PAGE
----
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MARKER DATABASE
“Bite-Size Bits of Local, National, and Global History”
“Bite-Size Bits of Local, National, and Global History”
Near Belmont in Tishomingo County, Mississippi — The American South (East South Central)
 

Jamie L. Whitten Historic Landmark

 
 
Jamie L. Whitten Historic Landmark Marker image. Click for full size.
By Duane Hall, June 4, 2015
1. Jamie L. Whitten Historic Landmark Marker
Inscription. The parkway bridge is named in honor of United States Representative Jamie L. Whitten who for years fought for funds in Congress to complete the Natchez Trace Parkway and the Tennessee-Tombigbee Waterway.

His vision helped make possible this historic landmark, the intersection of two great avenues of transportation—one past, one present, and both for the future.

Jamie Whitten was responsible for reviving the Trace project and instrumental in securing continuous appropriations for construction of the parkway as a memorial to the original Old Trace. The Old Trace, or trail, was the path through the Choctaw, Chickasaw, and Cherokee Nations between Natchez and Nashville. After floating their trade goods to Natchez, thousands of Boatmen would walk home over the Natchez Trace. After 1820, when steampower made upriver travel easier, many portions of the Natchez Trace were abandoned.

Transport of trade goods on our nation’s rivers continues today. Jamie Whitten led the House of Representatives in providing funds for the construction of the Tennessee-Tombigbee Waterway project. Due largely to his unceasing support and energy, this waterway now joins two of the busiest navigation systems in the country and provides a more direct and economical water route between much of America’s heartland and the Gulf of
Markers at Tennessee - Tombigbee Waterway Turnoff image. Click for full size.
By Duane Hall, June 4, 2015
2. Markers at Tennessee - Tombigbee Waterway Turnoff
Marker in the center
Mexico.
 
Marker series. This marker is included in the Natchez Trace marker series.
 
Location. 34° 30.339′ N, 88° 19.435′ W. Marker is near Belmont, Mississippi, in Tishomingo County. Marker can be reached from Natchez Trace Parkway (at milepost 293.2), 0.3 miles west of John Rankin Highway (County Road 1). Touch for map. Marker is located 500 feet west of the parking lot for the Tennessee - Tombigbee Waterway turnoff from the Natchez Trace Parkway. Marker is in this post office area: Dennis MS 38838, United States of America.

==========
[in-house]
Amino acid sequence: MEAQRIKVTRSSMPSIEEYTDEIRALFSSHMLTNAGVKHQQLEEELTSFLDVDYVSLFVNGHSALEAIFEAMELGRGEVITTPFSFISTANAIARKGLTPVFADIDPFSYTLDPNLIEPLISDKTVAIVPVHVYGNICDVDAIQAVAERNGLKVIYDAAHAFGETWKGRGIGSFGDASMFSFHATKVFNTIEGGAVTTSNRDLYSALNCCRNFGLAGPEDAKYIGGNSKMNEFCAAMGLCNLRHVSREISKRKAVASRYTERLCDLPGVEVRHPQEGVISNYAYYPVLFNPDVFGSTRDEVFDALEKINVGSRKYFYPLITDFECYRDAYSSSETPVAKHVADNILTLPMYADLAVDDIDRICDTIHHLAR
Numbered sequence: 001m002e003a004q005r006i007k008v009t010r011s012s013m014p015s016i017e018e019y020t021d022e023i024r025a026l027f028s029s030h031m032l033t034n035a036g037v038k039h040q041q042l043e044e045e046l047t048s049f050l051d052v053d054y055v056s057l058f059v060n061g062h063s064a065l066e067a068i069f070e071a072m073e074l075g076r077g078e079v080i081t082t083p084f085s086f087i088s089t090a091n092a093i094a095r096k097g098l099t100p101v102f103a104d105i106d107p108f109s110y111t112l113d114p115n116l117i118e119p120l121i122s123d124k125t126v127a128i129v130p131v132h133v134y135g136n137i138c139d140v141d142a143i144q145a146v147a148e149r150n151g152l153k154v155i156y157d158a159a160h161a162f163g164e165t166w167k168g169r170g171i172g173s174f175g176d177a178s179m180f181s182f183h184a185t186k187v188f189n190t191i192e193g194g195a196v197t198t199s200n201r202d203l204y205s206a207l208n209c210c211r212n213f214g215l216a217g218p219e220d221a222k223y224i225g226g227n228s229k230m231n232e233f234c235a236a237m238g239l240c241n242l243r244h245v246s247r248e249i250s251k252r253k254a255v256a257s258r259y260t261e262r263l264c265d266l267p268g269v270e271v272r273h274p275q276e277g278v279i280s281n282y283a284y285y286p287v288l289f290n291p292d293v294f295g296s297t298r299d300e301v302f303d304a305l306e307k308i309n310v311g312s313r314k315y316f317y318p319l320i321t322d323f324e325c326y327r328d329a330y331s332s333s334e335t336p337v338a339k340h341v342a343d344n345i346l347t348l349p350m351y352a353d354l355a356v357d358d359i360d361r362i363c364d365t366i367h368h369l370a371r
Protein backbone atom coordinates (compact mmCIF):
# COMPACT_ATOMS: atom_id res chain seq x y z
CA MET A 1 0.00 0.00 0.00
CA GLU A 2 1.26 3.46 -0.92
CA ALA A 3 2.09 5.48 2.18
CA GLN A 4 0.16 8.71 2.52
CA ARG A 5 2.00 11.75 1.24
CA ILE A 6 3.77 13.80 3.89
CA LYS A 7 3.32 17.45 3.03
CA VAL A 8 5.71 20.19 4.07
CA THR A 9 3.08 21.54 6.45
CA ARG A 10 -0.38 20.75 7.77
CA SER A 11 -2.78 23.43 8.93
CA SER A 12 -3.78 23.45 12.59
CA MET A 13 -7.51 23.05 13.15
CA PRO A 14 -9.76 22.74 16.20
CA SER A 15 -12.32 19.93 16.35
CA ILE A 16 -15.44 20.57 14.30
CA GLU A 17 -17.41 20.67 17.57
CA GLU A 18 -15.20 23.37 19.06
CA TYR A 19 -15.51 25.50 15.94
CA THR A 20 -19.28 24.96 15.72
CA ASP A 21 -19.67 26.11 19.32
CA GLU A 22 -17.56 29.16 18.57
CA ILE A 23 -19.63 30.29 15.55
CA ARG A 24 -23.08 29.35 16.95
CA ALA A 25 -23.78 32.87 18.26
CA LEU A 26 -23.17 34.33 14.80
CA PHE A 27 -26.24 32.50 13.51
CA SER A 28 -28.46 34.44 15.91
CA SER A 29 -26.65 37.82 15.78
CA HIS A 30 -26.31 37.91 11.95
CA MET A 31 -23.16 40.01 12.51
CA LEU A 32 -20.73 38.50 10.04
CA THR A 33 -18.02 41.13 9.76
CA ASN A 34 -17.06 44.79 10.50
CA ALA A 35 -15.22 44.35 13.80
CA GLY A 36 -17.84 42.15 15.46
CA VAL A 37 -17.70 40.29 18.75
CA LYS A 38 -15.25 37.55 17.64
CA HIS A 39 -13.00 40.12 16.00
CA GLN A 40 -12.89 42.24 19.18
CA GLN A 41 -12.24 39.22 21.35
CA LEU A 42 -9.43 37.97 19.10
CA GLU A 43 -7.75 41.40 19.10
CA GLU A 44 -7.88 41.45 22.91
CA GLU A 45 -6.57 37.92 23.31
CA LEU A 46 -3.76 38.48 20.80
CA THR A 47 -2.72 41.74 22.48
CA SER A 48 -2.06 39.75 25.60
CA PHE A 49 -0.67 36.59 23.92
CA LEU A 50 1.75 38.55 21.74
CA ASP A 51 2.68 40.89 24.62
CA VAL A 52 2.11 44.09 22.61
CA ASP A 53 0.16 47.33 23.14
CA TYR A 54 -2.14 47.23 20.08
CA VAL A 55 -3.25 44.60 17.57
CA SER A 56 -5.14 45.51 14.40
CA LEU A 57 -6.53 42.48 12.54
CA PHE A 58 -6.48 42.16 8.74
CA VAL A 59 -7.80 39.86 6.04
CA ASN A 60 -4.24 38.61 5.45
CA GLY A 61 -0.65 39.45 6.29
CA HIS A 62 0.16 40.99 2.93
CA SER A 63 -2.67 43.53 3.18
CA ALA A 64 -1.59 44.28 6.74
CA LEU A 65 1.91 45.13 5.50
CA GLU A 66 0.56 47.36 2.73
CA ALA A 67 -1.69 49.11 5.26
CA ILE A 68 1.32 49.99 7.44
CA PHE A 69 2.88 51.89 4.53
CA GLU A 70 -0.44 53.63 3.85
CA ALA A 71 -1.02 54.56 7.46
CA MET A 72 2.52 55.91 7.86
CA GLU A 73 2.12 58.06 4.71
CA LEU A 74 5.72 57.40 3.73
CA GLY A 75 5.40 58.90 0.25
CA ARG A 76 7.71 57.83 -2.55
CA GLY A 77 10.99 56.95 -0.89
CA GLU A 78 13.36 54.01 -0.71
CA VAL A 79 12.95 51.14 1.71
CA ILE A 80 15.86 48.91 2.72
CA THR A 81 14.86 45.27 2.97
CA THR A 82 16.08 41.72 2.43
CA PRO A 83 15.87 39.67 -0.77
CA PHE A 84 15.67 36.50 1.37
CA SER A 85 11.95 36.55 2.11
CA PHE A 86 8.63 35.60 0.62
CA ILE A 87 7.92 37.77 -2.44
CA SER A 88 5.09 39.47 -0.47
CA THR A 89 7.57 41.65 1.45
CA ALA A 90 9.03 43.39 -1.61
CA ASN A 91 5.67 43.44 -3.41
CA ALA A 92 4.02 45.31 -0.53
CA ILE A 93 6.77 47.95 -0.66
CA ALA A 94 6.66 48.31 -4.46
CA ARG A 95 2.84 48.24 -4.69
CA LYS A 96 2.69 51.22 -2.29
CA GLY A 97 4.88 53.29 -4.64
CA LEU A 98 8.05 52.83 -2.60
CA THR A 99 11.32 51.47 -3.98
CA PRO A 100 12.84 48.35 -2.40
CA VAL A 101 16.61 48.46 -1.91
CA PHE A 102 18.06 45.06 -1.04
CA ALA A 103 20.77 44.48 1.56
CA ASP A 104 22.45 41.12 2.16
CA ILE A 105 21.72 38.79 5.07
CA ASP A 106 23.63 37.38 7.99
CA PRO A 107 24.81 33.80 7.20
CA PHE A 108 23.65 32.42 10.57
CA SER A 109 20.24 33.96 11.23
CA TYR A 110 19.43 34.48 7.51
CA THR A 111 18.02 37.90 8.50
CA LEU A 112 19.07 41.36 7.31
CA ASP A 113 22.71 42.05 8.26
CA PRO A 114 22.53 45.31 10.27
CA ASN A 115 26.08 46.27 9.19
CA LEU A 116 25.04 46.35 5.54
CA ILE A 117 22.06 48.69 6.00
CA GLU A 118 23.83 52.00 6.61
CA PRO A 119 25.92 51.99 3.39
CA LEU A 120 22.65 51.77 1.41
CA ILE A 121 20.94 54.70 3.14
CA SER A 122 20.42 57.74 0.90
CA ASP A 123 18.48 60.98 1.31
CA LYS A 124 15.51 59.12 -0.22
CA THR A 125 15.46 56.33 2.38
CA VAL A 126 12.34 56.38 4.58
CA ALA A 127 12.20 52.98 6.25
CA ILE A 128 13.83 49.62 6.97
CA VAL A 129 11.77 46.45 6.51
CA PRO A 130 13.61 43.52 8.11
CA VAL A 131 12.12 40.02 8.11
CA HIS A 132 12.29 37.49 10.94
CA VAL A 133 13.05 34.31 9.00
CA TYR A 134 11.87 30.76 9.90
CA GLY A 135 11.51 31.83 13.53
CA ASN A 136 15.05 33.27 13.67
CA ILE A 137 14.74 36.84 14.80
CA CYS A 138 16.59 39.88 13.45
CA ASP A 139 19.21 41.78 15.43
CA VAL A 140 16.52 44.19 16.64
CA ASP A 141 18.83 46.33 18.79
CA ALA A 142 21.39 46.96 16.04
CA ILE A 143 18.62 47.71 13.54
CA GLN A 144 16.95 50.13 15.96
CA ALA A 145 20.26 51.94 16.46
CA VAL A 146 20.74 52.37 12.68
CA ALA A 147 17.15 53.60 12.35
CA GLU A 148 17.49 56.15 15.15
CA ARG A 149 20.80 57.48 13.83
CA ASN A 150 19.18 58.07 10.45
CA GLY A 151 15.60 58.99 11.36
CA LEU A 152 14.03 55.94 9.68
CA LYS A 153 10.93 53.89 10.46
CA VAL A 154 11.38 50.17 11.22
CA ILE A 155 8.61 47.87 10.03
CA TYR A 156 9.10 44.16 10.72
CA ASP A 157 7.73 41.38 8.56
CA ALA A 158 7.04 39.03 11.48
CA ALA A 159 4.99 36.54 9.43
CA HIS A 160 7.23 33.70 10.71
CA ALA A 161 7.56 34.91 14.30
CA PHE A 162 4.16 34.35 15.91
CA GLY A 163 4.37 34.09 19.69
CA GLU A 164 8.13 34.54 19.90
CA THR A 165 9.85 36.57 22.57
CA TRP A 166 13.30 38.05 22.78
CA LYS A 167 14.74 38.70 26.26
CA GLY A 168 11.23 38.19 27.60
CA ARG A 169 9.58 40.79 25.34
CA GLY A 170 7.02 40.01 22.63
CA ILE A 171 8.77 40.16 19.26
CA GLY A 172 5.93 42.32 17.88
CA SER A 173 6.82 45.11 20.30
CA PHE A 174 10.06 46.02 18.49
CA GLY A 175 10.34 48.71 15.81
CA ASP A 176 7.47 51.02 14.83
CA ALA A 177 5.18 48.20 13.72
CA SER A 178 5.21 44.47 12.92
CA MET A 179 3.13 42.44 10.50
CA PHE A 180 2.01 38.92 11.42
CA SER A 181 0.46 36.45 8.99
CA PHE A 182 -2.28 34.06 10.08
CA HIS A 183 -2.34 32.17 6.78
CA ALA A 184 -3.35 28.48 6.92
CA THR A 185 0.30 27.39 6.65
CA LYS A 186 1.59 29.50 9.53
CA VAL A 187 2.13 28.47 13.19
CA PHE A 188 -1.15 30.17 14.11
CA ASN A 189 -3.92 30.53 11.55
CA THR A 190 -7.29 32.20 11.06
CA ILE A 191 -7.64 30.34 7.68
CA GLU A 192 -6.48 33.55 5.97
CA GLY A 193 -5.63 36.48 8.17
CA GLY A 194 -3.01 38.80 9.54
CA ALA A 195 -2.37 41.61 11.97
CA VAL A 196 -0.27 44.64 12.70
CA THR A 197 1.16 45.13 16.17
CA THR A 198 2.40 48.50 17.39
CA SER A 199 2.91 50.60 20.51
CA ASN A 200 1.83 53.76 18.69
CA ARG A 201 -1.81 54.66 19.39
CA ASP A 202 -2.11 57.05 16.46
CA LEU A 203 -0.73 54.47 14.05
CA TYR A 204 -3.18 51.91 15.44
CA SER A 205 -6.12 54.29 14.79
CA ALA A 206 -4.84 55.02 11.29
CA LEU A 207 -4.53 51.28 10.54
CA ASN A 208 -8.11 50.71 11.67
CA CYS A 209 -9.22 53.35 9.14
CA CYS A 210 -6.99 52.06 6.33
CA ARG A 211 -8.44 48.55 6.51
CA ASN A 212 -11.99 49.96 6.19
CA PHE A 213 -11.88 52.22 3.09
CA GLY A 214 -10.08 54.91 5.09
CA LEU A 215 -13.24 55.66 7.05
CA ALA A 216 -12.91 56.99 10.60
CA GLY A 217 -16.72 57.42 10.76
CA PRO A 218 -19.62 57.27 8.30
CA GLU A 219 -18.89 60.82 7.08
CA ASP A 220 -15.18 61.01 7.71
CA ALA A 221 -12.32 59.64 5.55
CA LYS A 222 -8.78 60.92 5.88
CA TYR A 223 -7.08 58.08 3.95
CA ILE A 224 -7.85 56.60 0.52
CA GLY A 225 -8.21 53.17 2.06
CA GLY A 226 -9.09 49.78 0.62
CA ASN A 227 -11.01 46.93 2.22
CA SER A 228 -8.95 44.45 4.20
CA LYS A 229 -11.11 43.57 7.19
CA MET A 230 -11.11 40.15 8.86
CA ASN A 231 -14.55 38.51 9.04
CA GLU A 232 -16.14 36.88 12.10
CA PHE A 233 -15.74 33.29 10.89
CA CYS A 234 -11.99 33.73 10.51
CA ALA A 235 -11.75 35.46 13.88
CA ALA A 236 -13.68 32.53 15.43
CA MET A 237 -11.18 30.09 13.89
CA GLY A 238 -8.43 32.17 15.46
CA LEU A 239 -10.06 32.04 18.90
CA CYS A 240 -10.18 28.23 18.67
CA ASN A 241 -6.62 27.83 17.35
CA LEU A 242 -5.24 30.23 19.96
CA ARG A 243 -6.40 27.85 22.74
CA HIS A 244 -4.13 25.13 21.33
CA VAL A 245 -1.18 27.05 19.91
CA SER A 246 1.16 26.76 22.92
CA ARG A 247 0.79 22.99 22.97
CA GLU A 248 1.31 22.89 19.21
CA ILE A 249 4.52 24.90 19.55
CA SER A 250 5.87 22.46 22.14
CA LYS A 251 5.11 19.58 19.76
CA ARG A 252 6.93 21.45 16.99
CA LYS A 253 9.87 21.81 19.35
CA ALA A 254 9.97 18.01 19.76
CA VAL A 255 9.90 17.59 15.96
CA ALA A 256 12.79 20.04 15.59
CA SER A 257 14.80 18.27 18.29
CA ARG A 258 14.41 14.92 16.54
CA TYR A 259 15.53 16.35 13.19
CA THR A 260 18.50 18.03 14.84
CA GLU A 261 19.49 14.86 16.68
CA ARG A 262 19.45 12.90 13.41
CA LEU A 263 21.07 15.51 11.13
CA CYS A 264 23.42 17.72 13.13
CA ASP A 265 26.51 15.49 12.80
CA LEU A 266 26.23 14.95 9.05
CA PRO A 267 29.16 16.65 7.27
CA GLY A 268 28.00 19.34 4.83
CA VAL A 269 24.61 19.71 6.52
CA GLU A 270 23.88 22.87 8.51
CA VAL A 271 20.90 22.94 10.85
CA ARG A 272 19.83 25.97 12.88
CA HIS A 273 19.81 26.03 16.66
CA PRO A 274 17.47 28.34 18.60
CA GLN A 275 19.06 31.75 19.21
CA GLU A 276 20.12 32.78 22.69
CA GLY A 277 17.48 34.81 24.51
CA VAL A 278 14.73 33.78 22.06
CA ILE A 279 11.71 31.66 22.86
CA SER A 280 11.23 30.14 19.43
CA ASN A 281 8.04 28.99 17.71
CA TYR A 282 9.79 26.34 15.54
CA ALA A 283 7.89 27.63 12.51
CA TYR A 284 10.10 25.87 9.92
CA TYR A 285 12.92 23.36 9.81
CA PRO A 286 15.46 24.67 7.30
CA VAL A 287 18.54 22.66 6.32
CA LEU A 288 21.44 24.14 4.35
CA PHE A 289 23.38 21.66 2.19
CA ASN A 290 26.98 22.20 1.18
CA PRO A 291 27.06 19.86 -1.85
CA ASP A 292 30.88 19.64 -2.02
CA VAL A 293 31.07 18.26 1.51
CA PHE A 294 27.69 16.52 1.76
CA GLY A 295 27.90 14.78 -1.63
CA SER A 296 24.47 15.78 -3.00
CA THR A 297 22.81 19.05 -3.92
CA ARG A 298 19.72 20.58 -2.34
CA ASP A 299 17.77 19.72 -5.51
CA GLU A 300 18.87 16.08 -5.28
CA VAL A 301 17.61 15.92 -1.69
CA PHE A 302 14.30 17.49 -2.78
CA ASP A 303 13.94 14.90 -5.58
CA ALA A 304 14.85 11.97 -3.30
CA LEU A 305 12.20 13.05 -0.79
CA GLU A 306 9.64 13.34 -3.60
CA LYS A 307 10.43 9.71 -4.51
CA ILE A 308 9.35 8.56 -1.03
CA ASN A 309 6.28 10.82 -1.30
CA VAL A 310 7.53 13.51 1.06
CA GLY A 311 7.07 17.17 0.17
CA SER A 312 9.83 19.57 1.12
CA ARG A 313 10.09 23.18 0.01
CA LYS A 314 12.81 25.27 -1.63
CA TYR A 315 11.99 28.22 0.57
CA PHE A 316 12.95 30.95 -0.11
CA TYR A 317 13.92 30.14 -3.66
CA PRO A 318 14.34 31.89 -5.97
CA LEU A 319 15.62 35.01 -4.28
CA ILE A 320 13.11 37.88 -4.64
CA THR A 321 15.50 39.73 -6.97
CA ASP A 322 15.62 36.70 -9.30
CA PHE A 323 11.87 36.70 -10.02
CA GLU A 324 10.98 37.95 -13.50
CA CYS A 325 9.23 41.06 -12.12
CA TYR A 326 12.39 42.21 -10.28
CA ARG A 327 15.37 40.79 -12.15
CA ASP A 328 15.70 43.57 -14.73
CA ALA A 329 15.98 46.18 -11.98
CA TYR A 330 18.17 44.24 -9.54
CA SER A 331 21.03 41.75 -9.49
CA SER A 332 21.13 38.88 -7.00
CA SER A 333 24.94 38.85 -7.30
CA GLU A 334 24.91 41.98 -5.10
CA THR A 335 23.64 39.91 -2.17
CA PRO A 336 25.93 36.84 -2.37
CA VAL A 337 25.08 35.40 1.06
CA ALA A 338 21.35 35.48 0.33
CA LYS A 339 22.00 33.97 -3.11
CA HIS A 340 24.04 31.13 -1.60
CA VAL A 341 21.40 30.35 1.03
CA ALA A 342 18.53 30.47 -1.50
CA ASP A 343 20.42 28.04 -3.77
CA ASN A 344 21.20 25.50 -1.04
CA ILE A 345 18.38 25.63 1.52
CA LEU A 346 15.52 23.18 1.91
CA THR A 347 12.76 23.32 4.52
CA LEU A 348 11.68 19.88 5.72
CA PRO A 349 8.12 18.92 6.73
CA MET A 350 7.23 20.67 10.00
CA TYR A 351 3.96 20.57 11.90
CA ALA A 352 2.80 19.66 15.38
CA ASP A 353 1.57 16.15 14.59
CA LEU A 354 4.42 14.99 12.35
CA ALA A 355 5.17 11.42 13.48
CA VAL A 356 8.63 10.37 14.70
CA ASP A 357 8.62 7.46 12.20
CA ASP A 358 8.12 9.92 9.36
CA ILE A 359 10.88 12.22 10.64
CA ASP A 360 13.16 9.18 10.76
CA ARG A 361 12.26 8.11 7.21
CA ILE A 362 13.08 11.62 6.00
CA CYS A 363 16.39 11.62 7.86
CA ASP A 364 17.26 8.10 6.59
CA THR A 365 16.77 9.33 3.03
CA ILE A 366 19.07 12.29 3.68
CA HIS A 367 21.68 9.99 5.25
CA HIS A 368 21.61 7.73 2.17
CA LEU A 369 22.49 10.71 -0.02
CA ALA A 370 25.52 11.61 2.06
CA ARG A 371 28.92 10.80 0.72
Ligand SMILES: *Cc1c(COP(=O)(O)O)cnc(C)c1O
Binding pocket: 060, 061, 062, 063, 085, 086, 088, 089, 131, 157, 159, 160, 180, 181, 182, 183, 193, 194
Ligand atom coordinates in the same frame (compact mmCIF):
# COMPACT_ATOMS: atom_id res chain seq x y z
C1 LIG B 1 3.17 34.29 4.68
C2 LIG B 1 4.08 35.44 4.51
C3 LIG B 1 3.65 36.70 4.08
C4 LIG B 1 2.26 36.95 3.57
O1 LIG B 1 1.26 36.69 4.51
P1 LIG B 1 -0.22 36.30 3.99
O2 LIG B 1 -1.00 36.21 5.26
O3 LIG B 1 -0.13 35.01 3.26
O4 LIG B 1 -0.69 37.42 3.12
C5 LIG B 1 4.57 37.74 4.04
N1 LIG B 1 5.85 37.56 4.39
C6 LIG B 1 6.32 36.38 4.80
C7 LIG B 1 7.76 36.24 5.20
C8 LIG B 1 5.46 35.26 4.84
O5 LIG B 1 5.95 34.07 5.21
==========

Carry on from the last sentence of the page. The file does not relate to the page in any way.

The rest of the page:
Other nearby markers. At least 8 other markers are within 12 miles of this marker, measured as the crow flies. Tennessee - Tombigbee Waterway (here, next to this marker); River, Canal and Cut (here, next to this marker); Pharr Mounds (approx. 6 miles away); Mac McAnally (approx. 6½ miles away); Donivan Slough (approx. 9.2 miles away); a different marker also named Donivan Slough (approx. 9.2 miles away); Natchez Trace (approx. 10½ miles away); Red Bay Depot & Hotel (approx. 11.1 miles away in Alabama). Touch for a list and map of all markers in Belmont.
 
Also see . . .
1. Natchez Trace. Official National Park Service website. (Submitted on June 26, 2015.) 

2. Jamie Whitten, Who Served 53 Years in House, Dies at 85. Obituary from the New York Times. (Submitted on June 26, 2015.) 
 
Categories. Industry & CommercePoliticsRoads & VehiclesWaterways & Vessels
 
Markers Overlooking the Tennessee - Tombigbee Waterway image. Click for full size.
By Duane Hall, June 4, 2015
3. Markers Overlooking the Tennessee - Tombigbee Waterway
Markers and the Jamie L. Whitten Bridge image. Click for full size.
By Duane Hall, June 4, 2015
4. Markers and the Jamie L. Whitten Bridge
Marker is located at end of path 500 feet west of
the parking lot for the Tennessee - Tombigbee Waterway
turnoff from the Natchez Trace Parkway
Jamie L. Whitten Bridge image. Click for full size.
By Duane Hall, June 4, 2015
5. Jamie L. Whitten Bridge
 
 
Credits. This page was last revised on June 16, 2016. This page originally submitted on June 26, 2015, by Duane Hall of Abilene, Texas. This page has been viewed 225 times since then and 37 times this year. Photos:   1, 2, 3, 4, 5. submitted on June 26, 2015, by Duane Hall of Abilene, Texas.
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